To support English Learners (ELs) with intensive intervention needs it is important to (a) deliver instruction that represents culturally and linguistically sustaining best practices, and (b) distinguish the needs and assets of learners to improve progress (i.e., second-language acquisition, culture, learning challenges). This brief illustrates considerations for implementing data-based individualization (DBI) with ELs that accounts for their unique academic, social, behavioral, linguistic, and cultural experiences, assets, and needs.
Implementation Guidance and Considerations
During fall 2020, educators provided virtual, in-person, and hybrid intervention with an ongoing need to engage with and support parents and families. Although the context and environment may have changed, the focus on providing high-quality interventions with validated practices, monitoring student progress, and adapting and intensifying supports based on student data as outlined in the data-based individualization (DBI) process continues to be applicable across virtual, in-person, or hybrid models. This document presents considerations for implementing DBI in light of COVID-19 with an emphasis on delivery in virtual settings.
The purpose of this guide is to provide an overview of behavioral progress monitoring and goal setting to inform data-driven decision making within tiered support models and individualized education programs (IEPs).
This collection highlights a sampling of recent research focused on intensive intervention and data-based individualization (DBI). As different terms are used to describe intensive intervention, a search using EBSCO focused on articles that used the following related terms: intensive intervention, precision teaching, experimental teaching, clinical teaching, data-based individualization (when in the context of providing individualized instruction), and data-based program modification. Hand searches of the following journals were also conducted: Exceptional Children, Journal of Special Education, Journal of Special Education Leadership, Journal of Learning Disabilities, Learning Disability Quarterly, Learning Disabilities Research and Practice, Teaching Exceptional Children, Journal of Positive Behavior Support, Behavior Disorders, Remedial and Special Education, Assessment for Effective Intervention, and Journal of Educational Psychology.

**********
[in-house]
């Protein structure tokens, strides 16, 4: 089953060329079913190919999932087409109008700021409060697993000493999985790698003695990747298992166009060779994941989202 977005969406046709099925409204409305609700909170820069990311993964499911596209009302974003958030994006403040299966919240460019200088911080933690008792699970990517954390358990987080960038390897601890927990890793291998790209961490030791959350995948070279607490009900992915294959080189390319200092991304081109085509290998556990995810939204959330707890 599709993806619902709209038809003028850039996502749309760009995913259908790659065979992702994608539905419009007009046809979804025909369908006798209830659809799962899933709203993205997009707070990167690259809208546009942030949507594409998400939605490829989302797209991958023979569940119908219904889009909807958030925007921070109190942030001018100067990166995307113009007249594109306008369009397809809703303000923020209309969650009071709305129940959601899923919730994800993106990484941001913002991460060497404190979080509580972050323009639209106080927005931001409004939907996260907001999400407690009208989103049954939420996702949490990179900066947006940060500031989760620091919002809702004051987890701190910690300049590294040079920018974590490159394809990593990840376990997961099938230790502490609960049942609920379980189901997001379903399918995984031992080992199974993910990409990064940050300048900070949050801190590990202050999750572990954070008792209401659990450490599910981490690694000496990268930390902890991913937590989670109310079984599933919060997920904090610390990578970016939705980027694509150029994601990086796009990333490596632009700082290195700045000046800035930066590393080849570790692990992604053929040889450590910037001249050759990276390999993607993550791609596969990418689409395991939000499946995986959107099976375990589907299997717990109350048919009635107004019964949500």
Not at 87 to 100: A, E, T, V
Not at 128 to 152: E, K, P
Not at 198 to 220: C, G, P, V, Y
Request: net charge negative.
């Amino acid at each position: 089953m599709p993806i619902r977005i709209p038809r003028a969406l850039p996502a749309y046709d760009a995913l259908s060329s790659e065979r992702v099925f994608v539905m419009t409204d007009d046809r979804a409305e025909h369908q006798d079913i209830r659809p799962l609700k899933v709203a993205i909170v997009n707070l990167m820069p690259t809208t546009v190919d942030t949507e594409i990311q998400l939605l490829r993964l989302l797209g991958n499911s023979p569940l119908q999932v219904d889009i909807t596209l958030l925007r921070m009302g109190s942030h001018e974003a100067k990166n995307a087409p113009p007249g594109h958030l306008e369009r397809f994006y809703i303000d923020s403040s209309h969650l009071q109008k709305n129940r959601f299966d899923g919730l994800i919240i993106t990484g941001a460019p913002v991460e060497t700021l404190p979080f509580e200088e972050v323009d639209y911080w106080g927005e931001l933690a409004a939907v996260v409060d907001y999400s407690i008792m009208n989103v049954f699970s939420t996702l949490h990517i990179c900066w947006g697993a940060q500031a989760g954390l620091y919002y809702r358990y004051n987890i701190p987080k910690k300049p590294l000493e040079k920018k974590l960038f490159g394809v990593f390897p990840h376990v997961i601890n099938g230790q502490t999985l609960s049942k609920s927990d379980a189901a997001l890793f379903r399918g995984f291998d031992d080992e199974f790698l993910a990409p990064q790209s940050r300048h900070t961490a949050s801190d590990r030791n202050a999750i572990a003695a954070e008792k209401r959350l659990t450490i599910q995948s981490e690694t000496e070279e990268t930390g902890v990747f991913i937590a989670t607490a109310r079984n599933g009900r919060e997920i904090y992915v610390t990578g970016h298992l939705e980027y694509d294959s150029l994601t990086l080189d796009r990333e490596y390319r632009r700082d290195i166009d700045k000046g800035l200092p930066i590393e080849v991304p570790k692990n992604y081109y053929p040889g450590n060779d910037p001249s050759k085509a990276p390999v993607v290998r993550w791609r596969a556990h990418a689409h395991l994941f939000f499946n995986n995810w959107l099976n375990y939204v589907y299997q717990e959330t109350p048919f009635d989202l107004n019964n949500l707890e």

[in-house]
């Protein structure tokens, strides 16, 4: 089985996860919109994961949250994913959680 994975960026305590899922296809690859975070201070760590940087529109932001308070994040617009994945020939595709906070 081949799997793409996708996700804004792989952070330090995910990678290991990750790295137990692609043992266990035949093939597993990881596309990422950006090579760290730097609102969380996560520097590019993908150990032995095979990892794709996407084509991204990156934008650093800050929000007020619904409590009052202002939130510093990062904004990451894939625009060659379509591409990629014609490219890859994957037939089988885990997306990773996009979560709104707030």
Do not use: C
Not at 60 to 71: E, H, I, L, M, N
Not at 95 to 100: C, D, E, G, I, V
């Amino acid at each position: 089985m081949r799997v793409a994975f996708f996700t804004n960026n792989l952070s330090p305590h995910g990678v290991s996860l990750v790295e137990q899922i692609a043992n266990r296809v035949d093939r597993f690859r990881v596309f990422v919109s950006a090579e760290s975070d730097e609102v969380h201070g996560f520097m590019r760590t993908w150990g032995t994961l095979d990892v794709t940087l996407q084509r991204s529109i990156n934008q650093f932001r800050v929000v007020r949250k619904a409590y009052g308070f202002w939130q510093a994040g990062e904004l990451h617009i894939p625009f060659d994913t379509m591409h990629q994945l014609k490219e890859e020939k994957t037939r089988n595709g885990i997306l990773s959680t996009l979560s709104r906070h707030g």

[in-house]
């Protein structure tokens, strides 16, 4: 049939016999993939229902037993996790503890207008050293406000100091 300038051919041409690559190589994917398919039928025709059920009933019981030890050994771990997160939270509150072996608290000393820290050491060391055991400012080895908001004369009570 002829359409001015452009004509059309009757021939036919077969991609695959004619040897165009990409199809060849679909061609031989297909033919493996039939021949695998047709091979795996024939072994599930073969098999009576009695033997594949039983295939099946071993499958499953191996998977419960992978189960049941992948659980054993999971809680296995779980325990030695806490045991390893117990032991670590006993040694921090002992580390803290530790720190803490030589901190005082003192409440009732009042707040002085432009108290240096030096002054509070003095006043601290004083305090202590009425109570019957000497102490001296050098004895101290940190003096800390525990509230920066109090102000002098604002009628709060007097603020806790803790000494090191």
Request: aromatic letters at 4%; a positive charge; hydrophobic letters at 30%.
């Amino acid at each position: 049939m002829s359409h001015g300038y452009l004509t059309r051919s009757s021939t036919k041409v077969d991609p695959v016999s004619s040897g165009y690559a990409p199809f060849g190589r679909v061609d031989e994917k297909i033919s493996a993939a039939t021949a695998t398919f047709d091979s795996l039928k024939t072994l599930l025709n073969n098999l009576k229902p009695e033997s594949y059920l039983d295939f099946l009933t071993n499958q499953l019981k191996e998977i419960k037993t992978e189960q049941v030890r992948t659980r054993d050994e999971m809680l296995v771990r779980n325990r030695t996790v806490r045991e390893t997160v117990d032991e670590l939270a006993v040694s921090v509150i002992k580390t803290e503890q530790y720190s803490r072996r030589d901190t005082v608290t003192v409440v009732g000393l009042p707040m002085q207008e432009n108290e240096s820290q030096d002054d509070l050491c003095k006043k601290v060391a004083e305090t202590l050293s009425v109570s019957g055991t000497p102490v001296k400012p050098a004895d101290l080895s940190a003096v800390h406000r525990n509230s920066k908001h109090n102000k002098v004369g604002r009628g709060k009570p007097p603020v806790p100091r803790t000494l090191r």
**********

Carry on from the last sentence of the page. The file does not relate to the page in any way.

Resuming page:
This report presents findings from an exploratory study of how five high-performing districts, which we refer to as NCII’s knowledge development sites, defined and implemented intensive intervention. The findings offer lessons that other schools and districts can use when planning for, implementing and working to sustain their own initiatives to provide intensive intervention for students with the most severe and persistent learning and/or behavioral needs.
Data-based individualization (DBI) is a research-based process for individualizing and intensifying interventions through the systematic use of assessment data, validated interventions, and research-based adaptation strategies. This document introduces and describes the DBI process and how it can be used to support students who require intensive intervention in academics and/or behavior.
The purpose of this annotated bibliography is to identify and describe major synthesis studies that have been conducted to date regarding the effectiveness of intervention strategies targeting students with disabilities who have intensive academic or behavioral needs. This annotated bibliography was updated March 2015 to include two new studies.
The purpose of this module is to introduce schools interested in implementing intensive intervention to the infrastructure needed to implement data-based individualization (DBI). The module includes presentation slides with integrated activities and handouts to help teams determine their readiness and develop an action plan for implementation.
The purpose of this document is to provide an overview of the Center’s accomplishments and to highlight a set of lessons learned from the 26 schools that implemented intensive intervention while receiving technical support from the Center.
This white paper summarizes the proceedings of a summit that was focused on integrating research knowledge on promising approaches into intensive intervention and implementation to improve academic outcomes for students with disabilities who have severe and persistent learning need. In addition, it includes responses from three participants representing perspectives from policy (David Chard, Wheelock College), research (Nathan Clemens, University of Texas at Austin), and practice (Steve Goodman, Michigan Integrated Behavior and Learning Support Initiative).